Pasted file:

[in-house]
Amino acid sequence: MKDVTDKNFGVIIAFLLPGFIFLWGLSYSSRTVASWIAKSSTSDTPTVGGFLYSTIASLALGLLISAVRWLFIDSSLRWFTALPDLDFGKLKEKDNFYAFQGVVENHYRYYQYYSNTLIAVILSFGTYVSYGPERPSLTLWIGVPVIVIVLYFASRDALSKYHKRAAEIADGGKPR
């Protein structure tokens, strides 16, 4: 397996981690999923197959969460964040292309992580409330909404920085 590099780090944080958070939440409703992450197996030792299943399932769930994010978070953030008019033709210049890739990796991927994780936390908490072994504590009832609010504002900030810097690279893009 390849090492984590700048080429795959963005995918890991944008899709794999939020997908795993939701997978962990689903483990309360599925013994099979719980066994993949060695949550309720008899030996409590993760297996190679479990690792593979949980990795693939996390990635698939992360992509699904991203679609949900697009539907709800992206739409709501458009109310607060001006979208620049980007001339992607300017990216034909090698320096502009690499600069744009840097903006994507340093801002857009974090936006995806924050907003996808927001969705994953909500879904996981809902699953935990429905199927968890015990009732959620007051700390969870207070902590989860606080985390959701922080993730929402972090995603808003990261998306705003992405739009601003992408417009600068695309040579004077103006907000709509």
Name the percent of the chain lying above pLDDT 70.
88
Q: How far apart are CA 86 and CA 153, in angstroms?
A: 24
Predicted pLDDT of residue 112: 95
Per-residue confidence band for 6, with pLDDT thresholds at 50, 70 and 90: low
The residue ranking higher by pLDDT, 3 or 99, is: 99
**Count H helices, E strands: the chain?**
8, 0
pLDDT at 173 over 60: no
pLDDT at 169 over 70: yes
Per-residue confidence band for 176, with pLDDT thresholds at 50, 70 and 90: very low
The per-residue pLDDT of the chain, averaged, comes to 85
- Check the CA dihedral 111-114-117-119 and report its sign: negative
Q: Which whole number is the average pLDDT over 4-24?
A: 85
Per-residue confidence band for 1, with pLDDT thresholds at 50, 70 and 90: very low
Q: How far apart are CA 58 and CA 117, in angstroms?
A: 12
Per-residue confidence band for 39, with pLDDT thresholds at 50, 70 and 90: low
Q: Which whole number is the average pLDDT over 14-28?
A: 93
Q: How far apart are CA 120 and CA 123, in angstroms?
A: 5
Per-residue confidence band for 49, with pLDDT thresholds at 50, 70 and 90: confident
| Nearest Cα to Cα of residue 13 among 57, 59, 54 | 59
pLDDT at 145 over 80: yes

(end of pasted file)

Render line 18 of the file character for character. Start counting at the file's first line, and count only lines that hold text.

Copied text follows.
Q: Which whole number is the average pLDDT over 4-24?